In the second book of the The Door Within Trilogy, The Rise of the Wyrm Lord, Aidan’s new friend Antoinette makes the journey into The Realm. Unlike Aidan, Antoinette is full of confidence. She has heard all of Aidan’s stories; she’s read the Book of Alleble and believed in The Realm most of her life. She believes she is prepared for her journey and her mission for King Eliam. But Aidan has asked her to watch out for the Glimpse of his best friend Robby. How can Antoinette choose when her two tasks come into conflict with one another?
One of the coolest ideas Wayne Batson came up with for this novel is the concept of reading tree rings. One of the knights explains (page 187):
“The rings of most trees tell only the most general tales: those of fires, floods, or extremely cold winters,” Nock explained. “But King Eliam gave the blackwood trees a different kind of awareness. They do not have eyes or ears, but through wind and soil, bark and leaf, they sense much more than ordinary trees. And for those who have the skill, their rings tell fantastic tales.”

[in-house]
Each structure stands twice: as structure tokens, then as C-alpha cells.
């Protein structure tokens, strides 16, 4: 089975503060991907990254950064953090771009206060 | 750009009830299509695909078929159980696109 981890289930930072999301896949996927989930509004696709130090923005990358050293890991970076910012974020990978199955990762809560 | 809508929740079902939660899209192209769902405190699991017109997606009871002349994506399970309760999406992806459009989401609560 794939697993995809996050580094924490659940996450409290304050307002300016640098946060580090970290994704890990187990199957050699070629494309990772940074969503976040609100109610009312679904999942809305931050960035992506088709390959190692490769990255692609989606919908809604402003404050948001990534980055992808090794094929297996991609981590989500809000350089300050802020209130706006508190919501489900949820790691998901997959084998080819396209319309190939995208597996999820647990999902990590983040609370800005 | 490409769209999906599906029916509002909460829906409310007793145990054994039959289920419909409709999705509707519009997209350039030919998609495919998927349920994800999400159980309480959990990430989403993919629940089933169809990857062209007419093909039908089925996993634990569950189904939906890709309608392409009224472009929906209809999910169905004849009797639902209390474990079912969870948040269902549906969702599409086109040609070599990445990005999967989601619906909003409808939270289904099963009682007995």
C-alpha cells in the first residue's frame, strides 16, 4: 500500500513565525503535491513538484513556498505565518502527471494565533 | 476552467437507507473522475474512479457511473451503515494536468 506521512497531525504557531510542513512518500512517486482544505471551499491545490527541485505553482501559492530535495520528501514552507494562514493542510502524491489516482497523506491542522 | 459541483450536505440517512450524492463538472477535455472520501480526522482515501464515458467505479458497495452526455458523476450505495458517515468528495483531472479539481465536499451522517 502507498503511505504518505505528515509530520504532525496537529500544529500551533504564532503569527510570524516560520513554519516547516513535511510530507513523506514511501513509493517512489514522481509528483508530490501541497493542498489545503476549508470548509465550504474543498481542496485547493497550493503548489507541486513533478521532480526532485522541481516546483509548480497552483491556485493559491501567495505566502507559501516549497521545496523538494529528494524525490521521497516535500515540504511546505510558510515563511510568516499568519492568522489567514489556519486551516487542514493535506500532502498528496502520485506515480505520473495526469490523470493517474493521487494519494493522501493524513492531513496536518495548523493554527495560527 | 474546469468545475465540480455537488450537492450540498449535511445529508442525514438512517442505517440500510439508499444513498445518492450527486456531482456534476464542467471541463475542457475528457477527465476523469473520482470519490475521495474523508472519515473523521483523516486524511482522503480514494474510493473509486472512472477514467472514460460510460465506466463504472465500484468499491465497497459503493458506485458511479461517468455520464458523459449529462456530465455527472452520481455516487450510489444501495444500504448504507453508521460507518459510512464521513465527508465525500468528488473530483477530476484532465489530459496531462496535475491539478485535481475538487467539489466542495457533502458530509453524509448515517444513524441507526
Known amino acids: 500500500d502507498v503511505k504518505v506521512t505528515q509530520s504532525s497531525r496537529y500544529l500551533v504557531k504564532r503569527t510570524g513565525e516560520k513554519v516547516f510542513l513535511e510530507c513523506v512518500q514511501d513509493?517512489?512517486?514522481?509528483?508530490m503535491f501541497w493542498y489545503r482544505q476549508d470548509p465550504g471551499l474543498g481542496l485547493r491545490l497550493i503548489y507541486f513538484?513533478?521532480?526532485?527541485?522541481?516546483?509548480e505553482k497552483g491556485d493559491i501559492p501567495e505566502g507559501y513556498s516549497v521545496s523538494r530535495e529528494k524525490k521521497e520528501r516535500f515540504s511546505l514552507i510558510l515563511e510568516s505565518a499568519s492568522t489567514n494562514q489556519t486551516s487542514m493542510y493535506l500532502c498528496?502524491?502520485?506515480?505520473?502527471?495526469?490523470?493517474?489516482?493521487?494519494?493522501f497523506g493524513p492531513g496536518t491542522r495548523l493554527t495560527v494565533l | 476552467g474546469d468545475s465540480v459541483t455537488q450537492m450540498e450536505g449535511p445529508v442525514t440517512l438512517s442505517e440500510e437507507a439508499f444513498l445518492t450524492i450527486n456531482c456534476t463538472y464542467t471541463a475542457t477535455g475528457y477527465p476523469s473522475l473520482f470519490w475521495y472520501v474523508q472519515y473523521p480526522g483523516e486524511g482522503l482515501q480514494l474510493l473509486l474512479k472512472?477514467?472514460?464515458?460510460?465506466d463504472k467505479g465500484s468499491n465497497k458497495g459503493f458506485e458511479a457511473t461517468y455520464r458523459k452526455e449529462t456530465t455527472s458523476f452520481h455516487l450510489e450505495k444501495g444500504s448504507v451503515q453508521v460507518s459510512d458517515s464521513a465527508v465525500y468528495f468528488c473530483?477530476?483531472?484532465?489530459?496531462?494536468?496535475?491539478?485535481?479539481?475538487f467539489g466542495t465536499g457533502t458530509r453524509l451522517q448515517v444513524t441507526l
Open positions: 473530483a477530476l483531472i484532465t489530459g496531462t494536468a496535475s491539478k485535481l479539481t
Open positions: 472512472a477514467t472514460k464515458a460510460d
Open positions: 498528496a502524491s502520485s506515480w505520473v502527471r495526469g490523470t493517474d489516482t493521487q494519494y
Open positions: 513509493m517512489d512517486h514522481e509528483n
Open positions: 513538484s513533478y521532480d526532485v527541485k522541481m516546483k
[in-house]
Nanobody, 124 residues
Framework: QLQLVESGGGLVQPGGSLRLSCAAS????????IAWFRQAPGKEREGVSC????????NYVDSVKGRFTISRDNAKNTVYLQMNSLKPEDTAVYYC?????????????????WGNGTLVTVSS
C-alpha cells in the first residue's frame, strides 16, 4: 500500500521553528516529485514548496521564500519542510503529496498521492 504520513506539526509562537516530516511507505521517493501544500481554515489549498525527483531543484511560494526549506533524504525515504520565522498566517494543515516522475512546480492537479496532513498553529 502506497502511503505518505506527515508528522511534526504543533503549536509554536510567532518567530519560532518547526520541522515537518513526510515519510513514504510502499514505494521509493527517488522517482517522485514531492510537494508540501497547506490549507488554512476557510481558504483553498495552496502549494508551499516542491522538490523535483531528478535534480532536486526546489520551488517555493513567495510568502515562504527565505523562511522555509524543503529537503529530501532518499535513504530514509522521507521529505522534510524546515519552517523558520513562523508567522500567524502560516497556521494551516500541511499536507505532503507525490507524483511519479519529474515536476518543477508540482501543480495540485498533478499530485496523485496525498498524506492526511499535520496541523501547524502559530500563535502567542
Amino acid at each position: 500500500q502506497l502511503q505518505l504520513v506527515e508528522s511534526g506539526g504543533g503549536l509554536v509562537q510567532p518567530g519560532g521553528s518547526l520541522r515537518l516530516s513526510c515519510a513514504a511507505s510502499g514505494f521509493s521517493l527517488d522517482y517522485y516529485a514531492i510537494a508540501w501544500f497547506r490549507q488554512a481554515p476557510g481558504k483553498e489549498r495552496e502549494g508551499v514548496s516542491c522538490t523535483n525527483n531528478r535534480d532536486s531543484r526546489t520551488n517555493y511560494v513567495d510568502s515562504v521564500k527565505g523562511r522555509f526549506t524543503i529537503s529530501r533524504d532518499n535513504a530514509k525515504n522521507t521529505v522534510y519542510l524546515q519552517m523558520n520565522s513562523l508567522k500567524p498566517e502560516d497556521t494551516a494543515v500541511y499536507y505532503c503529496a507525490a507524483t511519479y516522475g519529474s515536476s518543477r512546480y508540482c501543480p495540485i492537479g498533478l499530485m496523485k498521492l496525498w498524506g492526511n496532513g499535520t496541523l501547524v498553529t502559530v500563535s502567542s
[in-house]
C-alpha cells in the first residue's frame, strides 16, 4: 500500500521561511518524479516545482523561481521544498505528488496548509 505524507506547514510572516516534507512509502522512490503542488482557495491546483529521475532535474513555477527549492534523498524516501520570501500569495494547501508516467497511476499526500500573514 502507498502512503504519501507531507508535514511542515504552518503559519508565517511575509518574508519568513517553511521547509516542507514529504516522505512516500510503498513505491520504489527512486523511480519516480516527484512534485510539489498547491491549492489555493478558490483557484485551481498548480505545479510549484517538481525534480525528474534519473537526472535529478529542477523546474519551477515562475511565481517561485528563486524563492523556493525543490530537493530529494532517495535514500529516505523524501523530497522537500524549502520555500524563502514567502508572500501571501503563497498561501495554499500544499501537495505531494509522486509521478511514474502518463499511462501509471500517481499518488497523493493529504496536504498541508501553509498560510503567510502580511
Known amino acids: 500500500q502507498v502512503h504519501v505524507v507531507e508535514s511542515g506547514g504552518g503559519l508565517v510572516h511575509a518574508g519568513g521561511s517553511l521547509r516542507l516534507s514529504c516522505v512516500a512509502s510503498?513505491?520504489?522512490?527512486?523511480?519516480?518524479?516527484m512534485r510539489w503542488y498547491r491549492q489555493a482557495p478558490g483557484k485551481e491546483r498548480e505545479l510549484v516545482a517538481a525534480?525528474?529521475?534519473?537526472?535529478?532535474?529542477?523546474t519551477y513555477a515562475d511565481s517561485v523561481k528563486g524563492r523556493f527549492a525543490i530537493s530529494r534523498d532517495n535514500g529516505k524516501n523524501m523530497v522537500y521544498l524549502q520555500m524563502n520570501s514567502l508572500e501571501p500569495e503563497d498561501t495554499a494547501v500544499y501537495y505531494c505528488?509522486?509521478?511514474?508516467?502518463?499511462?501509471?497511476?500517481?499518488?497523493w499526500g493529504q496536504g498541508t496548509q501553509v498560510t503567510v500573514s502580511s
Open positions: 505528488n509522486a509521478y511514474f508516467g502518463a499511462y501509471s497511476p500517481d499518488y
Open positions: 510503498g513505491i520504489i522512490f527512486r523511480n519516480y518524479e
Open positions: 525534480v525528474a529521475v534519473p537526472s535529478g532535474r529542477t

“There is much here about his children,” Nock went on, skipping many rings and dwelling only on those that were broken or disturbed. “He is sad because one of his sons fell near the river. And here, he loses a limb to the wind. Let me see, no broken lines until…”
Nock slid around until he came to the last ring. Then he stared, and his face contorted with sadness. He began to read aloud. “This is just before the end. ‘The dark one has returned,’ he says. ‘He is not alone this time. There are many soldiers. They bring a burning blade…'”
While the first book, The Door Within, could arguably stand alone, the same can’t be said of The Rise of the Wyrm Lord. You will want to have the third book, The Final Storm on hand before you’re done book two.
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That is so great of you to point out that section about the tree rings. You are the first to ever bring that up. And it’s always been one of my favorite cultural creations. The Glimpses of Yewland are woodland folk, and so, developed skills according to their setting. I’ve always been fascinated by tree rings and how they really can “tell” us much of what was going on–in the climate of their day. If only they could be more verbal, what stories they would tell…
Valerie Comer says
As you can tell, I thought it was cool. Maybe it rang home because my husband has worked in forestry so I’m familiar with the concept…and enjoyed seeing it pulled to another level.
I love the tree idea! Very cool!